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Vol. 75/No. 42      November 21, 2011

Indonesia gov’t attempts
to quell struggles in W. Papua
(feature article)
SYDNEY, Australia—On October 19 more than 3,000 Indonesian troops and police broke up the final day of the Papuan People’s Congress in Indonesia’s easternmost province. They fired warning shots and beat and arrested hundreds of delegates. The following day six congress participants were found dead behind a nearby military post.

Some 5,000 participants from more than 200 tribes across Papua and West Papua attended the congress near the Papuan provincial capital Jayapura. The assault came after they raised the banned Morning Star flag and issued a declaration in support of independence. Indonesian authorities have charged five Papuan leaders with treason.

The Papuan struggle for independence has a long history. The territory was forcibly incorporated into Indonesia by the Suharto dictatorship in 1969. The area is currently administered as two provinces—Papua and West Papua. Following the end of the Suharto regime, greater autonomy was formally granted to Papua in 2001 and to West Papua in 2008. Most Papuans consider the two provinces to be one country called West Papua.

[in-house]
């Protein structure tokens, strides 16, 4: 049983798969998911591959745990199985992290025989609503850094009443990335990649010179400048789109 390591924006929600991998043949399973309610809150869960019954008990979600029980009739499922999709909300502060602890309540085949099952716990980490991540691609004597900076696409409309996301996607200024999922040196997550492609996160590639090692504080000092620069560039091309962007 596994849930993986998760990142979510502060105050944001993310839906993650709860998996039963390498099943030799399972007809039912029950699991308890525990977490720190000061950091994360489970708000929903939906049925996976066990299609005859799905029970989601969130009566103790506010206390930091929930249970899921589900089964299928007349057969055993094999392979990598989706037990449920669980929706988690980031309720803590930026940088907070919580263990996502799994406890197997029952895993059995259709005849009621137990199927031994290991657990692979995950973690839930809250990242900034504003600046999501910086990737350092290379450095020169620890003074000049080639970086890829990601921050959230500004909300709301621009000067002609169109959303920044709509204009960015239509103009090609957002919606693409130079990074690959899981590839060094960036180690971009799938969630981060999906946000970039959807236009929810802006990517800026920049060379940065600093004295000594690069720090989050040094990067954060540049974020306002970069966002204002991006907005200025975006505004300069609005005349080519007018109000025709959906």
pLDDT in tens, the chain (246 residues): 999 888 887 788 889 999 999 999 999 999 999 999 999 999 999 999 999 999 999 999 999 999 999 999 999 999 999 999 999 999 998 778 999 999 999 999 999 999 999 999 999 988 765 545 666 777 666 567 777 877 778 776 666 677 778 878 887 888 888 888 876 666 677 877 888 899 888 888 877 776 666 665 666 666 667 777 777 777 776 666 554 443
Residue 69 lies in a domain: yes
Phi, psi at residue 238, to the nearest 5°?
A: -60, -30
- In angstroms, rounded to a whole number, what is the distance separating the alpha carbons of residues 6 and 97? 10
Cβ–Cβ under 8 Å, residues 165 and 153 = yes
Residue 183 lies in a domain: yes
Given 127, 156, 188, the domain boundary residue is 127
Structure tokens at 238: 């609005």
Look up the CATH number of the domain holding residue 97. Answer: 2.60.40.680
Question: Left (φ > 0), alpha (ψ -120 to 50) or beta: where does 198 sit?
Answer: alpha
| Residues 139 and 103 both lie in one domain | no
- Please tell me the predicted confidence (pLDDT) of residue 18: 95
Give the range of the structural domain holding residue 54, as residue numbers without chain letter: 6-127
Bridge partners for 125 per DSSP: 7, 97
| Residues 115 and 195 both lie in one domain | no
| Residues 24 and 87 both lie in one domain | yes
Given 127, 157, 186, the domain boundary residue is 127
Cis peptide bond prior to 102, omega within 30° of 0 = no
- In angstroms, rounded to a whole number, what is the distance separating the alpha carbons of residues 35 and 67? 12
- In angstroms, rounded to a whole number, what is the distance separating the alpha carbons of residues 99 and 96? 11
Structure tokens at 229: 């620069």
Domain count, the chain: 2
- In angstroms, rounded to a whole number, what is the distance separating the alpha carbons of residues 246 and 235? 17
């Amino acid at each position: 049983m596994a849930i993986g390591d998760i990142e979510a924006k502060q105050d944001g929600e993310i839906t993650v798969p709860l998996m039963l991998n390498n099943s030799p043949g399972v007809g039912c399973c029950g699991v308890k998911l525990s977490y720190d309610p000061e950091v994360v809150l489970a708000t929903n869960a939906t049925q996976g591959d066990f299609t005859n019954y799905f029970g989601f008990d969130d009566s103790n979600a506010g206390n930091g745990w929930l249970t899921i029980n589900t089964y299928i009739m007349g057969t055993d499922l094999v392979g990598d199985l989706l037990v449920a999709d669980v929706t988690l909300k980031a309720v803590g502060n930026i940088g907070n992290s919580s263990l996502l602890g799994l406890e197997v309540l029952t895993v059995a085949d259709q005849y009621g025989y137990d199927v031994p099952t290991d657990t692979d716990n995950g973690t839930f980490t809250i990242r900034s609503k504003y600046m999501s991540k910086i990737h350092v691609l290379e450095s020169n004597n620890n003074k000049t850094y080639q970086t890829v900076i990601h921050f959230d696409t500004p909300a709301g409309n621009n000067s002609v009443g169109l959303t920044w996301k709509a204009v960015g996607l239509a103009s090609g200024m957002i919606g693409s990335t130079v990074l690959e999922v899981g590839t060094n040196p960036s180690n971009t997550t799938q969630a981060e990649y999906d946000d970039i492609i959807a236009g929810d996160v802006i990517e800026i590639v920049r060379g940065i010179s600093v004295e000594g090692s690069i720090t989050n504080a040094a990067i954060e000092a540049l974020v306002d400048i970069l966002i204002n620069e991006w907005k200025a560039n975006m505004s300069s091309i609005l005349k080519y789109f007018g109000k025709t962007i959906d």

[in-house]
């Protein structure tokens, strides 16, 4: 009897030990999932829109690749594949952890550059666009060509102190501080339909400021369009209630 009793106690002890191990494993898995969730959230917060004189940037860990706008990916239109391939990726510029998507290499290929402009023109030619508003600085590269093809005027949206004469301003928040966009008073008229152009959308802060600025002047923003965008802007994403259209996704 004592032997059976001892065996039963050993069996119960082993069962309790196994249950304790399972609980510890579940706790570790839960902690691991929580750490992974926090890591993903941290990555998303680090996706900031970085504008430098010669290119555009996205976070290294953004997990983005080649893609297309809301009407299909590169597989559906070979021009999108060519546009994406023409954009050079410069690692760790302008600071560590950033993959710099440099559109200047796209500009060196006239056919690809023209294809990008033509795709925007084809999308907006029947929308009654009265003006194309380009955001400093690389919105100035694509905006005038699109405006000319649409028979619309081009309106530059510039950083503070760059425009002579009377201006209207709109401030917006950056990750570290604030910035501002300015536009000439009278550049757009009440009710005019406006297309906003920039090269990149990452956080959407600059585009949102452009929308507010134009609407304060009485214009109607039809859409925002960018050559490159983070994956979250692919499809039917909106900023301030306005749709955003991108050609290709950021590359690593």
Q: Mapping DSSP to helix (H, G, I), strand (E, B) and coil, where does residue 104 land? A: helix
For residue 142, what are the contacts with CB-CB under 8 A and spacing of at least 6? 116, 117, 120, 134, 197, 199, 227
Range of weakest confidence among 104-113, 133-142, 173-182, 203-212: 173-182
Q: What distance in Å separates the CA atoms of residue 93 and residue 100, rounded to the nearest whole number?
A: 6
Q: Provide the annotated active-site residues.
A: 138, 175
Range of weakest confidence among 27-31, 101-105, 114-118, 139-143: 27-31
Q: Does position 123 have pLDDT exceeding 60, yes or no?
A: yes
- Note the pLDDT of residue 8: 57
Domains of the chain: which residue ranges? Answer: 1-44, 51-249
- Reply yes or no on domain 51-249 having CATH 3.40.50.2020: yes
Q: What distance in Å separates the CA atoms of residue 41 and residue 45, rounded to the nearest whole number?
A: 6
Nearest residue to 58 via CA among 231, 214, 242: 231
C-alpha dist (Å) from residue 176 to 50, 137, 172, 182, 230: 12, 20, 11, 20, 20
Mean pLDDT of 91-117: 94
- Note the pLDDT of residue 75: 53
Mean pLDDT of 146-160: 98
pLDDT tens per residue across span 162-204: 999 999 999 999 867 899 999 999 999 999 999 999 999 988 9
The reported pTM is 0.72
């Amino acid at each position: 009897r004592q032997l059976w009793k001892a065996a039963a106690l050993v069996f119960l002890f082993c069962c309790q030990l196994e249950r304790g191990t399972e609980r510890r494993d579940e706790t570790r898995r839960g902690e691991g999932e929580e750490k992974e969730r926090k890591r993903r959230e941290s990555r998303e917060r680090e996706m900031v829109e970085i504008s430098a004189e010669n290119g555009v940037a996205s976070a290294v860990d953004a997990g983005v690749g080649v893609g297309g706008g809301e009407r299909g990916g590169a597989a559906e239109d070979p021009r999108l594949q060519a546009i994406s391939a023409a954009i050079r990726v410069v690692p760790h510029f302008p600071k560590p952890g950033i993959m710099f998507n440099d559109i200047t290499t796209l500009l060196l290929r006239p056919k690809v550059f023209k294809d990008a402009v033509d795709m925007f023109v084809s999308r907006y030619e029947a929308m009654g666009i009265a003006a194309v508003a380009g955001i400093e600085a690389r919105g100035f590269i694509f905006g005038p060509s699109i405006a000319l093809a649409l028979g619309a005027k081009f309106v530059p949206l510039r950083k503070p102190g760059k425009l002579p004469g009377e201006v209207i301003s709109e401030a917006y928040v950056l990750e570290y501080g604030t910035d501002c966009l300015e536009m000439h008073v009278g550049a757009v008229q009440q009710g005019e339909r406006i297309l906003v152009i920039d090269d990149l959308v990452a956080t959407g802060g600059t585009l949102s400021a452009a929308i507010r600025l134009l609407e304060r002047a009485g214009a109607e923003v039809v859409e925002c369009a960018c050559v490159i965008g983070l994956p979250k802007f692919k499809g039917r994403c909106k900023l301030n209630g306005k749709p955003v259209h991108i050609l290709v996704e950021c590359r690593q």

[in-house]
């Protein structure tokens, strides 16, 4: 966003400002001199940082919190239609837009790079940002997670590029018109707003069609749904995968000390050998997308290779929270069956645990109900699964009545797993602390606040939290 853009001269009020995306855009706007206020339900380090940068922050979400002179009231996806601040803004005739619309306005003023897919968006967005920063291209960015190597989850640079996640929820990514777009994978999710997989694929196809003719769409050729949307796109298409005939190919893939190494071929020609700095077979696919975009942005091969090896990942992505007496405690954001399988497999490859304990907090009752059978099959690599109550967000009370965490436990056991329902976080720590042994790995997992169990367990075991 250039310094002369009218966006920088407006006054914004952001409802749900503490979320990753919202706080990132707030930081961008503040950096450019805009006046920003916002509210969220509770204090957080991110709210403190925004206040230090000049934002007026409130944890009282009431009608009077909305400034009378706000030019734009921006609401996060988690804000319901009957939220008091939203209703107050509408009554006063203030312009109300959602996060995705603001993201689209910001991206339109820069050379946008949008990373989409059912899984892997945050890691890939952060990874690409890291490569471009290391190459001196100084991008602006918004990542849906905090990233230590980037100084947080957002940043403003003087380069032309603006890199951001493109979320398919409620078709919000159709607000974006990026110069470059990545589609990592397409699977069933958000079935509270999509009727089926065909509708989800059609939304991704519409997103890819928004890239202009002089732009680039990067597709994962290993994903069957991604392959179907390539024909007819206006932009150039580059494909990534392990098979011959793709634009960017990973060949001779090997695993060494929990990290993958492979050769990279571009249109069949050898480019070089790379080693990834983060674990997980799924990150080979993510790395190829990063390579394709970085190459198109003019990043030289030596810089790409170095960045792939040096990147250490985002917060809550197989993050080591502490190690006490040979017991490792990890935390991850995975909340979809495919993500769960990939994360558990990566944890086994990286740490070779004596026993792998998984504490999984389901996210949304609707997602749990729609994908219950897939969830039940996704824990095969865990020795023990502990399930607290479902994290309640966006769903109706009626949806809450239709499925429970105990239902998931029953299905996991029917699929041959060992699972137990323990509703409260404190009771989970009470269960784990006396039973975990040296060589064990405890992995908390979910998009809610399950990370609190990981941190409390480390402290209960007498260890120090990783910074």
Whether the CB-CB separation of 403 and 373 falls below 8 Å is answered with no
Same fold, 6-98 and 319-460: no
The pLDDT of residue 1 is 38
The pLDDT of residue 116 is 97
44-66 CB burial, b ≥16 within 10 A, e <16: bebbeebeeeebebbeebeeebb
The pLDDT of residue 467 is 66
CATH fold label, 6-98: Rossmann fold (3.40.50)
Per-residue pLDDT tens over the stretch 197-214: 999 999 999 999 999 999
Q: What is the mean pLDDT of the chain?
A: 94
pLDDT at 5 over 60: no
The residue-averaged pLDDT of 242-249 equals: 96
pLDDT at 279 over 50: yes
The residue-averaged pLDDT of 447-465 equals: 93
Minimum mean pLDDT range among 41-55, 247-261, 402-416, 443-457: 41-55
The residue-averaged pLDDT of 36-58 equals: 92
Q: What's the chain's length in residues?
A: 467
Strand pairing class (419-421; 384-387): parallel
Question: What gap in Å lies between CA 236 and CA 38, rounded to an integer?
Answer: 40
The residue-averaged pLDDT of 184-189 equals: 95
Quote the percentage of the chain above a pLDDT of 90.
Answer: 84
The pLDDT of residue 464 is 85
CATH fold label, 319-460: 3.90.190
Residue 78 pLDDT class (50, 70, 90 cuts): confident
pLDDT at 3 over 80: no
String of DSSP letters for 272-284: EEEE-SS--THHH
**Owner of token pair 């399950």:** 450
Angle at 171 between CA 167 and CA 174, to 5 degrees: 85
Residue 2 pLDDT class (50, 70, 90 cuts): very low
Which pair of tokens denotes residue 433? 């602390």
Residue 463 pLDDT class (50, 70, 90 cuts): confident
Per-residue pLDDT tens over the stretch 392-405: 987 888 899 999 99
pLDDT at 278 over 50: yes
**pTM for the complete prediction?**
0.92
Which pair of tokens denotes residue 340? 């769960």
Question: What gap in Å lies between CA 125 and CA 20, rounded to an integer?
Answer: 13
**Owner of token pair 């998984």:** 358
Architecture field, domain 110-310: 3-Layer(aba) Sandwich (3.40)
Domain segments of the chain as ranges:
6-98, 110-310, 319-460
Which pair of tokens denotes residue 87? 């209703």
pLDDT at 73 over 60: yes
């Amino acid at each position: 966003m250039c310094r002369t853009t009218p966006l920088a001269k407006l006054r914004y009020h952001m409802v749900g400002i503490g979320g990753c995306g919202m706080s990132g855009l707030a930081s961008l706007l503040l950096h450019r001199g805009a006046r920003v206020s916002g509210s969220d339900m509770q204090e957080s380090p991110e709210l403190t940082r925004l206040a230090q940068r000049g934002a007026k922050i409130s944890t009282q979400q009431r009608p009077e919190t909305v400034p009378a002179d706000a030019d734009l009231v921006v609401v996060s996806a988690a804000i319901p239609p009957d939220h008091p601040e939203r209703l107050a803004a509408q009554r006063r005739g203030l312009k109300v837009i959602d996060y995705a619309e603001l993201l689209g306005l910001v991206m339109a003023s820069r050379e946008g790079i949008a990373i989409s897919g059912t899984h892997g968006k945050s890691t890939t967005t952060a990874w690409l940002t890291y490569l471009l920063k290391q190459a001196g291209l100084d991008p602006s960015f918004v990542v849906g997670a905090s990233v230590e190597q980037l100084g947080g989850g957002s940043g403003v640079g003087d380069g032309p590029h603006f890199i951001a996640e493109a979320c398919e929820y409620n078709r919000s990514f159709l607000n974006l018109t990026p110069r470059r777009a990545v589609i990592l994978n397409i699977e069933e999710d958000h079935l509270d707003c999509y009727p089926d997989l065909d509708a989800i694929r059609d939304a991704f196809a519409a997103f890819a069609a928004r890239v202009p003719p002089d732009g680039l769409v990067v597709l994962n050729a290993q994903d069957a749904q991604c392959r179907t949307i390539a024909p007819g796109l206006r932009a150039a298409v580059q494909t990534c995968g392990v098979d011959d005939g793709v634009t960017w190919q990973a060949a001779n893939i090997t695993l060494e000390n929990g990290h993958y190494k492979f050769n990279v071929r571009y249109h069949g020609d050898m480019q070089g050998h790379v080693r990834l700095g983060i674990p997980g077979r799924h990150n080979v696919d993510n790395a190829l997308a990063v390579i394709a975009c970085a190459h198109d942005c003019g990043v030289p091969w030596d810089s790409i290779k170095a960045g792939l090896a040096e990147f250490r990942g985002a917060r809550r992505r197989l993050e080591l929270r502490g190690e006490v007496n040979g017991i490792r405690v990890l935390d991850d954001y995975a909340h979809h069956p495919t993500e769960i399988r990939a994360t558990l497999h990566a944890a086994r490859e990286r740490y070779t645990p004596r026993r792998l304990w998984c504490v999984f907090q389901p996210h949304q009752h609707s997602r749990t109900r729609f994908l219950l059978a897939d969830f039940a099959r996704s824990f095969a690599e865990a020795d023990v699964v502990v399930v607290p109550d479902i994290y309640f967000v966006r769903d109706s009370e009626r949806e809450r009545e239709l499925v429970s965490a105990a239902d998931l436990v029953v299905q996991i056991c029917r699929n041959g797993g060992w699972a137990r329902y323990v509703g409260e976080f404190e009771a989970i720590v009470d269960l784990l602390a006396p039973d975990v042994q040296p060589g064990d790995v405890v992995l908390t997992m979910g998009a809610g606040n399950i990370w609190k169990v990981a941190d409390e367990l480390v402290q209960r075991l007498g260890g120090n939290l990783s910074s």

Last year large conferences and rallies were held rejecting the so-called autonomous status quo and calling for self-determination. They protested the dispossession and marginalization of the Papuan people on their own land and violence by Indonesian cops and military.

The congress took place as thousands of workers at the Freeport gold and copper mine in the central highlands of Indonesian Papua continued their strike for higher pay. Police killed two strikers in Timika October 7 when they fired on a strike rally confronting scabs being bused to the mine by the company.

The massive Freeport open pit mine has long been a focus of discontent because little of the vast wealth it generates stays in Papua, while operations are carried out in a way that leaves large-scale environmental damage in its wake.

The strike by almost all of the 9,000 “nonstaff” workers employed at the mine began September 15. There are also 3,000 staff workers and another 10,000 employed by contractors there.

The Jakarta Globe reported October 18, a week after the police shootings in Timika, that thousands of strikers were blockading the roads to the mine. Along with damage to the pipeline that carries ore concentrate to the mine’s port, the strike has affected production enough for Freeport to suspend its contracts.

Members of seven tribes carrying traditional spears and bows have joined the workers in blocking the roads in support of the strike and with their own demands over land rights and distribution of the mine’s profits.

The mining giant is now offering a 30 percent pay hike. Strikers are demanding substantially more though: minimum pay, for instance, to rise from $1.50 to $7.50 per hour.

Since 1995 Freeport has paid more than $74 million to some 3,000 Indonesian police troops deployed at the mine to protect the company’s interests, bosses admit.

While most of the strikers are native Papuans, workers also come from other parts of Indonesia. This is the first time the entire union workforce at the mine has gone on strike, union spokesperson Juli Parorongan told ABC Radio the day cops opened fire on the strikers.  
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